The Valley Line, Stage 1 is a $1.8B low-floor urban LRT line that, upon completion, is expected to build a more compact, sustainable city, offering more transportation choices to Edmontonians while providing high-quality infrastructure to the city as well.
The project, Edmonton’s first P3 (public-private partnership), is a 13 km LRT line between downtown and Mill Woods. With the Metro Line coming to completion this year, the Valley Line is the City’s newest priority.
In regards to the Valley Line, Brad Smid, Program Manager for the City of Edmonton, explains that the Request for Qualifications process (RFQ) has been completed and they began the Request for Proposals process (RFP) this fall.
Upon completion, the Valley Line will have multiple positive effects on the community. Smid states, “This project is a real transformative project for Edmonton; we are really trying to shift towards a more compact urban form in the city while also improving the livability and making it a more dynamic city. So the LRT—the Valley Line specifically—is one of the catalyst projects that the city is proceeding with to really kick off the transformation.”
More Than Just a Transit Project
The project will be completed in several phases and is currently undergoing the RFP process. This process will last about 15 months and in this time the three private-sector teams invited to bid on the project will make submissions to show that they understand the requirements of the project, followed by their design submissions in early 2015, and finally submitting their financial proposals in the fall of 2015, which will determine the winning private-sector contractor.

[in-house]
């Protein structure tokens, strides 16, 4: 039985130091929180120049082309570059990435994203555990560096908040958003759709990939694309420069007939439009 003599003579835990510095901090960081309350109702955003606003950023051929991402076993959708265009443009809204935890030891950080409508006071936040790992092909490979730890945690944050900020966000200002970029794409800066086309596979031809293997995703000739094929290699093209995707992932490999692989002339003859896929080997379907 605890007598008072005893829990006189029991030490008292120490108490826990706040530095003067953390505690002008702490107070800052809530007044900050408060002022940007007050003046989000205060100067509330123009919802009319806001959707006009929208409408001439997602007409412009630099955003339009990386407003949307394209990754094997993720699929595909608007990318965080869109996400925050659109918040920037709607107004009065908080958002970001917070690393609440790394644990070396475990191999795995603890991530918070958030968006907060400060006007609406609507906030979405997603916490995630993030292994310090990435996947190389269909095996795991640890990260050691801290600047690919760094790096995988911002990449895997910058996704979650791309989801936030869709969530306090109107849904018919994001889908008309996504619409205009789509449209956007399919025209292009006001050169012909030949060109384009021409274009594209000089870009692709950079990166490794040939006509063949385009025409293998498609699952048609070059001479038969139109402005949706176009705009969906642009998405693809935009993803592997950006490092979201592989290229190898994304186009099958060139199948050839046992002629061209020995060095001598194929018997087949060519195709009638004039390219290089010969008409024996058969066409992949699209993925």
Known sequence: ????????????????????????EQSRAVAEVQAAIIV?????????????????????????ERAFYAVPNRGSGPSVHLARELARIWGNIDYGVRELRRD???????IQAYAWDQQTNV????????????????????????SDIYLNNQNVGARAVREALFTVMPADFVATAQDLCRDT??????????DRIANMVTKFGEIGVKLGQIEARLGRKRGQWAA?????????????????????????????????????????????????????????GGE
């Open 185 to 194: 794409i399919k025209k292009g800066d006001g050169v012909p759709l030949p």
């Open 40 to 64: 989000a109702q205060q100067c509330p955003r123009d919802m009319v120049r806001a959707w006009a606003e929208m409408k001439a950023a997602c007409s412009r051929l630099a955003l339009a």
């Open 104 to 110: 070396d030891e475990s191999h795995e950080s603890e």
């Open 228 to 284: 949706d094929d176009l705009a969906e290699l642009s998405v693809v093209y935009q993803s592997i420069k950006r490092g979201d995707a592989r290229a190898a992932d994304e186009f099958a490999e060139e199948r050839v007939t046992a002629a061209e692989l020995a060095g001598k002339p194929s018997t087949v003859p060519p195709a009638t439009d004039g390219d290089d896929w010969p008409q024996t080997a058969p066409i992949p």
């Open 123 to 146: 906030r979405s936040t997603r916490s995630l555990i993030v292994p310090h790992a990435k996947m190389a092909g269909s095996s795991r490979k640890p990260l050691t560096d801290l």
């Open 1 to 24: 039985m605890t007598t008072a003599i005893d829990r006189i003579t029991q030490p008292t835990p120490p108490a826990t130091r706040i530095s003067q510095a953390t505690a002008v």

Smid expresses the importance of the project and how it will affect the city. He explains that the City has been working to transform the communities of Edmonton and strengthen the connection between transportation, land use and quality of life among residents.
“We’re really looking to tie communities together and really support some redevelopment and infill development in mature neighborhoods and enhance the quality of life for Edmontonians. One might think of LRT as a transportation project, and it is, but it’s about more than just moving people from point A to point B; it’s really about linking communities, providing high- quality infrastructure and improving quality of life,” Smid details.
When asked how such a large project is being funded, Smid replies, “It’s being funded by all three levels of government —the city is taking the lead on this and is contributing $800M of the $1.8B, the provincial government of Alberta is contributing up to $600M, and the federal government is contributing $400M, which includes a $250M contribution from PPP Canada.”
According to Smid, obtaining the funding from all three levels of government can often be a challenge so receiving the support and commitment from city council and the other levels of government has really allowed the project to move forward.
Because this is the city’s first P3 project, other unique challenges have arisen as well.
“This is the city’s first P3 contract so it’s a whole different way of delivering a project and we’ve had to develop new procurement documents — such as the RFQ and the RFP, and the draft project agreement— and it’s quite a change from what our city council, citizens and our administration is used to doing. It’s a good challenge; it’s been very interesting and rewarding for our team to go through this and I think it will have great results,” Smid continues, “It’s very innovative and quite unique.”
Despite the challenges, there are not many P3 transit projects so Smid is excited for what it will bring to the city of Edmonton.
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